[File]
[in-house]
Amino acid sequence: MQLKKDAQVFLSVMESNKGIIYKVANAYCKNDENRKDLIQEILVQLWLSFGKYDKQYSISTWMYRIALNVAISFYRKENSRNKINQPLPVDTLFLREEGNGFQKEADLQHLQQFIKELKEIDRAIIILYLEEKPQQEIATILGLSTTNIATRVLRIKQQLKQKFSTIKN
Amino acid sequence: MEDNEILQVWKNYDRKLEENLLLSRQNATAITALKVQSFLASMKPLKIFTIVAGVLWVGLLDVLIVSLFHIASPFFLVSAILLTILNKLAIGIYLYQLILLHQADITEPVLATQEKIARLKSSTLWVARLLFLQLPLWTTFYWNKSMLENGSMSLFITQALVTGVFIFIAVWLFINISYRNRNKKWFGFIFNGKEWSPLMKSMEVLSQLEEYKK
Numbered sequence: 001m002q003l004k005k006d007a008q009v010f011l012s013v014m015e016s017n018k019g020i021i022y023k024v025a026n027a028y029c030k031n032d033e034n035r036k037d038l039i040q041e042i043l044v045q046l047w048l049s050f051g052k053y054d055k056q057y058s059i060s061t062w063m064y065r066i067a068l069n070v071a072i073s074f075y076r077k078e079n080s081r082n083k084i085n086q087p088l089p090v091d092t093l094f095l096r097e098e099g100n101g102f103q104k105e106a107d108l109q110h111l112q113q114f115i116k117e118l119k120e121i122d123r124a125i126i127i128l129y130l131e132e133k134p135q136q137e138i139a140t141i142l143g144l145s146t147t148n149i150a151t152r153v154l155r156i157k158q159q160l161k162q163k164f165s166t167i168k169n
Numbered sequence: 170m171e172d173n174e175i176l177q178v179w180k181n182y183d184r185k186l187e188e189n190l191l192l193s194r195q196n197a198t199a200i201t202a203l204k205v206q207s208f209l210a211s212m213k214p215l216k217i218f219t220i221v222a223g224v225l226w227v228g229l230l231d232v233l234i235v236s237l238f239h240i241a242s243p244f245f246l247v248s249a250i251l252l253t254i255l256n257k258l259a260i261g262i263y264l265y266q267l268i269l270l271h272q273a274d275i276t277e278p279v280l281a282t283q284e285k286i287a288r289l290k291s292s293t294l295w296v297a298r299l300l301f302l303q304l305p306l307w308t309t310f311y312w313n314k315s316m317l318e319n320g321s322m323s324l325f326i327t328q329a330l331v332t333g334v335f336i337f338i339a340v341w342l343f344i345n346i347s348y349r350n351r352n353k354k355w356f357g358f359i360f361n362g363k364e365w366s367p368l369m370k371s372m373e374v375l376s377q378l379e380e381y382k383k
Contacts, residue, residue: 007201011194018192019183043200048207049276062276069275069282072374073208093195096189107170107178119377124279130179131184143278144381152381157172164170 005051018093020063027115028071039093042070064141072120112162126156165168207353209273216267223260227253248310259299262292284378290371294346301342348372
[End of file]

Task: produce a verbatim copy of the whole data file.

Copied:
[in-house]
Amino acid sequence: MQLKKDAQVFLSVMESNKGIIYKVANAYCKNDENRKDLIQEILVQLWLSFGKYDKQYSISTWMYRIALNVAISFYRKENSRNKINQPLPVDTLFLREEGNGFQKEADLQHLQQFIKELKEIDRAIIILYLEEKPQQEIATILGLSTTNIATRVLRIKQQLKQKFSTIKN
Amino acid sequence: MEDNEILQVWKNYDRKLEENLLLSRQNATAITALKVQSFLASMKPLKIFTIVAGVLWVGLLDVLIVSLFHIASPFFLVSAILLTILNKLAIGIYLYQLILLHQADITEPVLATQEKIARLKSSTLWVARLLFLQLPLWTTFYWNKSMLENGSMSLFITQALVTGVFIFIAVWLFINISYRNRNKKWFGFIFNGKEWSPLMKSMEVLSQLEEYKK
Numbered sequence: 001m002q003l004k005k006d007a008q009v010f011l012s013v014m015e016s017n018k019g020i021i022y023k024v025a026n027a028y029c030k031n032d033e034n035r036k037d038l039i040q041e042i043l044v045q046l047w048l049s050f051g052k053y054d055k056q057y058s059i060s061t062w063m064y065r066i067a068l069n070v071a072i073s074f075y076r077k078e079n080s081r082n083k084i085n086q087p088l089p090v091d092t093l094f095l096r097e098e099g100n101g102f103q104k105e106a107d108l109q110h111l112q113q114f115i116k117e118l119k120e121i122d123r124a125i126i127i128l129y130l131e132e133k134p135q136q137e138i139a140t141i142l143g144l145s146t147t148n149i150a151t152r153v154l155r156i157k158q159q160l161k162q163k164f165s166t167i168k169n
Numbered sequence: 170m171e172d173n174e175i176l177q178v179w180k181n182y183d184r185k186l187e188e189n190l191l192l193s194r195q196n197a198t199a200i201t202a203l204k205v206q207s208f209l210a211s212m213k214p215l216k217i218f219t220i221v222a223g224v225l226w227v228g229l230l231d232v233l234i235v236s237l238f239h240i241a242s243p244f245f246l247v248s249a250i251l252l253t254i255l256n257k258l259a260i261g262i263y264l265y266q267l268i269l270l271h272q273a274d275i276t277e278p279v280l281a282t283q284e285k286i287a288r289l290k291s292s293t294l295w296v297a298r299l300l301f302l303q304l305p306l307w308t309t310f311y312w313n314k315s316m317l318e319n320g321s322m323s324l325f326i327t328q329a330l331v332t333g334v335f336i337f338i339a340v341w342l343f344i345n346i347s348y349r350n351r352n353k354k355w356f357g358f359i360f361n362g363k364e365w366s367p368l369m370k371s372m373e374v375l376s377q378l379e380e381y382k383k
Contacts, residue, residue: 007201011194018192019183043200048207049276062276069275069282072374073208093195096189107170107178119377124279130179131184143278144381152381157172164170 005051018093020063027115028071039093042070064141072120112162126156165168207353209273216267223260227253248310259299262292284378290371294346301342348372